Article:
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Effects of Age Among Elderly Cancer Patients on Breakthrough Pain Management with Sublingual Fentanyl Tablets

  • Jordi GuitartEmail author
  • María Isabel Vargas
  • Vicente De Sanctis
  • Jordi Folch
  • Rafael Salazar
  • José Fuentes
  • Joan Coma
  • Julia Ferreras
  • Jordi Moya
  • Albert Tomás
  • Pere Estivill
  • Francisco Rodelas
  • Antonio Javier Jiménez
  • Almudena Sanz
Open Access
Original Research Article

Abstract

Introduction

Sublingual fentanyl tablets (SFTs) have been shown to be a safe and effective option in controlling breakthrough cancer pain (BTcP). However, further examination is required to investigate the use of SFTs among the elderly. The aim of this study was to examine the influence of age in BTcP management with SFTs in the elderly population.

Methods

We performed subgroup analyses of a recently completed trial in two subsets of individuals: patients aged 65–74 years (low age group) and patients ≥ 75 years (high age group). Pain intensity (PI), onset of pain relief, frequency and duration of BTcP episodes, and adverse events (AEs) were assessed at 3, 7, 15, and 30 days. Health status instruments used were the Hospital Anxiety and Depression Scale (HADS-A and HADS-D) and the Short Form 12, version 2 (SF-12v2) questionnaire.

Results

Levels of PI at the end of the study improved significantly as compared with baseline in both the low and the high age groups (30.0% and 27.7% reduction, respectively). The onset of analgesia at the end of the study began in < 10 min in 85.0% of young–old subjects and in 62.5% of patients ≥ 75 years, but no significant differences were found. BTcP episodes lasted < 15 min in 75.0% of patients in the low age group and 58.3% in the high age group (p = 0.24). Most of patients in both groups experienced one to five BTcP daily episodes, at all assessment points. HADS-D decreased from 10.78 (± 4.33) to 8.21 (± 3.57) in the low age group, and from 10.96 (± 4.26) to 9.36 (± 3.35) in the high age group (p = 0.02). Significant differences in HADS-A scores from baseline to the end of the study were also observed in both subgroups (p < 0.05). Patients in the low age group had less favorable mental component summary (MCS) and physical component summary (PCS) scores than patients in the high age group. At the end of the study, 10.0% of young–old patients and 29.2% of patients aged ≥ 75 years reported AEs related to their treatment. The most commonly reported AEs included nausea, vomiting, constipation, somnolence, and skin disorders and they were generally mild to moderate in severity.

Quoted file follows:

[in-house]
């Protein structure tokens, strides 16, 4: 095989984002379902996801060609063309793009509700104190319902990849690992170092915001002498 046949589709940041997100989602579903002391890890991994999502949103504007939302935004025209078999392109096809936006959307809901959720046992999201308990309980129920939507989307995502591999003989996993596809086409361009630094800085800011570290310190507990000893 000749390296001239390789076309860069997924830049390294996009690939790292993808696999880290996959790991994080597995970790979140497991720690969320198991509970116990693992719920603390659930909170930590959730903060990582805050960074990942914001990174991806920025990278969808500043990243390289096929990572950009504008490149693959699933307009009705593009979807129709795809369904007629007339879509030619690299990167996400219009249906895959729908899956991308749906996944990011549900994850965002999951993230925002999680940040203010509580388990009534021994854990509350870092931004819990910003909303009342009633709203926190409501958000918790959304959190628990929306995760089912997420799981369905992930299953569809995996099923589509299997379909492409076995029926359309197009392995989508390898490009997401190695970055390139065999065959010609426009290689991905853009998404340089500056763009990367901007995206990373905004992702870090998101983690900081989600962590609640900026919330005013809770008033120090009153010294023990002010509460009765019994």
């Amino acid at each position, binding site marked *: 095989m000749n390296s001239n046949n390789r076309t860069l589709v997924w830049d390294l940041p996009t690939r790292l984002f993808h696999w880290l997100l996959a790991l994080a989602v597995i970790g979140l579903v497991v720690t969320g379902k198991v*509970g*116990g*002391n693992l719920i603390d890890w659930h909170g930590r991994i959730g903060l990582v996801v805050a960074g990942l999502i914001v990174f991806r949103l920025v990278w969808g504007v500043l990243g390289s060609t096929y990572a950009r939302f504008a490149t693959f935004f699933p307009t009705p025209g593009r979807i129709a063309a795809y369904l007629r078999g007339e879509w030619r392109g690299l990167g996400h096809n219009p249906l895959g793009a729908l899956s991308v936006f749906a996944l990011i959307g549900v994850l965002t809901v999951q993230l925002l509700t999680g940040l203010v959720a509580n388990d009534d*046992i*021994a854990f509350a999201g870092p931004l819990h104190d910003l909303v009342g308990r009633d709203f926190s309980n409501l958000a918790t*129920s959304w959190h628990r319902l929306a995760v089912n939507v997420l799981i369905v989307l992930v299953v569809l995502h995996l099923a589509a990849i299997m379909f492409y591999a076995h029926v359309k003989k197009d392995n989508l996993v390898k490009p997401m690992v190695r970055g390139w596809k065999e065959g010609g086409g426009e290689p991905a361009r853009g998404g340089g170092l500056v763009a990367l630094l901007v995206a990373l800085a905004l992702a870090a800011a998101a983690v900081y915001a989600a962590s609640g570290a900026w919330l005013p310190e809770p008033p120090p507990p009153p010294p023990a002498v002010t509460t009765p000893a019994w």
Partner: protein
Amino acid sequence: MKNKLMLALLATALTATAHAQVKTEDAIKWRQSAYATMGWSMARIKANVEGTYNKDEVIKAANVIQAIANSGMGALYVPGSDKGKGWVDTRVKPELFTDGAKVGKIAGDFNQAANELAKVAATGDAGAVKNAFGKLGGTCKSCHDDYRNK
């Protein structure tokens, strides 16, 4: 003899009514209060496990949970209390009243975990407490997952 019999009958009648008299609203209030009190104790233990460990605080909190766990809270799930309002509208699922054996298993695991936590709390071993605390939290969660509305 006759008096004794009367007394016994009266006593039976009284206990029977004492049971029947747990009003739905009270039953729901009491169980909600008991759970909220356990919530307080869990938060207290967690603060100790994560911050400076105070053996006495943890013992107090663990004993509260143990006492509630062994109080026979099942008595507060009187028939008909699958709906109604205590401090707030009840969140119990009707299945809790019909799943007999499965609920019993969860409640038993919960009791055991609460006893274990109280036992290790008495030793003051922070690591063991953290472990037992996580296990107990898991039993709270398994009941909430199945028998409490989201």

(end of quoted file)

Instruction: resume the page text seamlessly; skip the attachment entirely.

Conclusions

The results of this study showed that SFTs provided safe and clinically meaningful pain relief in both elderly subgroups. Clinical implications of these findings await validation in large, confirmatory studies to identify age subgroup divergences among elderly cancer patients treated with SFTs.

Key Points

The results of this study suggest that sublingual fentanyl tablets (SFTs) are well tolerated and effective in decreasing breakthrough cancer pain (BTcP) duration and intensity, as well as improving health-related QoL in elderly patients of all ages.